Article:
Current Research

Aircraft Noise and Health

Following on from its 2016 work, the Trust continues to support ongoing efforts to better understand links between aircraft noise and public health. In March 2019, the Trust co-sponsored a major London conference on aircraft noise, and were delighted that Public Health England, the Civil Aviation Authority, the Department for Transport and the newly created Independent Commission on Civil Aviation Noise (ICCAN) all participated and shared their views.

One of the issues that emerged from the event was that the evidence cut-off for the World Health Organisation’s 2018 community exposure noise guidelines was 2014. The Trust has begun work to better understand how the evidence base may have changed since then, focusing on the studies that have been completed between 2015 and 2020 as well as identifying those that are underway and will deliver results in the coming years.

The Trust is also continuing to support NGO participation in the ANCO and RISTANCO projects being undertaken by Leicester University with funding from the Medical Research Council and NIHR, and support from Public Health England.

Aircraft Noise and Cardiovascular Outcomes (ANCO) aims to conduct the first comprehensive assessment of cardiovascular (CVD) impacts of aircraft noise near major airports in the UK, by carrying out both small-area and individual-level (cohort-based) analyses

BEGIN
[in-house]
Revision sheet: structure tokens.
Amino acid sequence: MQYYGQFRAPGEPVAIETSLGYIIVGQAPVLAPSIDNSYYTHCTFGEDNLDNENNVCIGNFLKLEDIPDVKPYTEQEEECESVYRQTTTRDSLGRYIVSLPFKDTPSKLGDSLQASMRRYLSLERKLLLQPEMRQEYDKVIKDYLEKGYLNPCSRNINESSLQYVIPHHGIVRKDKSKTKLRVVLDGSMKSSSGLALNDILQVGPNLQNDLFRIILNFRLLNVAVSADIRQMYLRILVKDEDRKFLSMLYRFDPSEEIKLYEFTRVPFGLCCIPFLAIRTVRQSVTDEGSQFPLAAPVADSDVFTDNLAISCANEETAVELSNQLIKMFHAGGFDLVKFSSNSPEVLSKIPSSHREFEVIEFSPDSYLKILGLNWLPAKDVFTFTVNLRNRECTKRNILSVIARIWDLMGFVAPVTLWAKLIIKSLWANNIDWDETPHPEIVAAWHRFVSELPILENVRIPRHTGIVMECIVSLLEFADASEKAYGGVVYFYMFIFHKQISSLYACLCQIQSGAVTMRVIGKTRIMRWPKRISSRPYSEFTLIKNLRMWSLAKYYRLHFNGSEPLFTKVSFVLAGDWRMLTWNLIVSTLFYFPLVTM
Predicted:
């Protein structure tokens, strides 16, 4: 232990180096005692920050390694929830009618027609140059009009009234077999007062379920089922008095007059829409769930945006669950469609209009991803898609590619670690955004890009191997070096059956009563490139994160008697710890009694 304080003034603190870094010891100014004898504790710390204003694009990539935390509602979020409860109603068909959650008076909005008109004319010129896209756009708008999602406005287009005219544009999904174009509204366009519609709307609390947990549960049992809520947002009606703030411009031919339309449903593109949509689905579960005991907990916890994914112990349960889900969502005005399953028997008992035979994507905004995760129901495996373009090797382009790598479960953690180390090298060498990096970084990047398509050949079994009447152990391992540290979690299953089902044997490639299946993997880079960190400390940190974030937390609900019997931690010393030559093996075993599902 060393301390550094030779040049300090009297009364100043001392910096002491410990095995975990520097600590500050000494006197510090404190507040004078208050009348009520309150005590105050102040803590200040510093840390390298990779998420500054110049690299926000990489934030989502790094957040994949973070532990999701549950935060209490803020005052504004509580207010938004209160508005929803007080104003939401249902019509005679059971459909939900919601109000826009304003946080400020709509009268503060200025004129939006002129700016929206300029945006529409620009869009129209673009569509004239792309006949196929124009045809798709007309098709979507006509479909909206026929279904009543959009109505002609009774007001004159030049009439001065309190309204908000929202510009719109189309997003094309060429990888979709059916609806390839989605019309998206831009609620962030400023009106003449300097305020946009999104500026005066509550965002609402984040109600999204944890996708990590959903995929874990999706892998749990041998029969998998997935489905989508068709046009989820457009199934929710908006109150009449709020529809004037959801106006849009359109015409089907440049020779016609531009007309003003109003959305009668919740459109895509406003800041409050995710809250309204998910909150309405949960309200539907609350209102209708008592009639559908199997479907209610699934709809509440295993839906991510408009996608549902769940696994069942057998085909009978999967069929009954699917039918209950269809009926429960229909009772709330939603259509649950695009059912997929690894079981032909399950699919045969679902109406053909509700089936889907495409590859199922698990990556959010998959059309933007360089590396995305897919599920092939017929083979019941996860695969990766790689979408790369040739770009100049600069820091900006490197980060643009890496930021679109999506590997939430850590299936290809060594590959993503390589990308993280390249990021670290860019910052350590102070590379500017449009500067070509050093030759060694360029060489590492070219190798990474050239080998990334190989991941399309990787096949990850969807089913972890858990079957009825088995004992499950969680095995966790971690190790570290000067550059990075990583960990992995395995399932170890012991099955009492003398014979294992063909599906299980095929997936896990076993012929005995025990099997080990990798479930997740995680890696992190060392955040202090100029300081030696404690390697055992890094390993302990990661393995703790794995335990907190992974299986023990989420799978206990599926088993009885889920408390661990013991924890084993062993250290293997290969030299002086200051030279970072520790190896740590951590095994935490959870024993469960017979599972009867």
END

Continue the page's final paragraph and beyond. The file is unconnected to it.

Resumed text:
Reduced noise Impacts of Short-Term Aircraft Noise and Cardiovascular Outcomes (RISTANCO) is investigating whether day-to-day changes in aircraft noise levels affect risk of heart attack and stroke in the population living near airports and provide information on whether relief periods may have beneficial effects on cardiovascular disease.

Setting long-term climate goals for the international aviation sector

To contribute to work initiated by the UN’s International Civil Aviation Organisation (ICAO), the Trustees are supporting NGO involvement in an international process aimed at setting long-term climate goals for the sector compatible with achieving no more than a 1.5oC temperature rise. This project, which began in January 2019, is expected to last until 2022.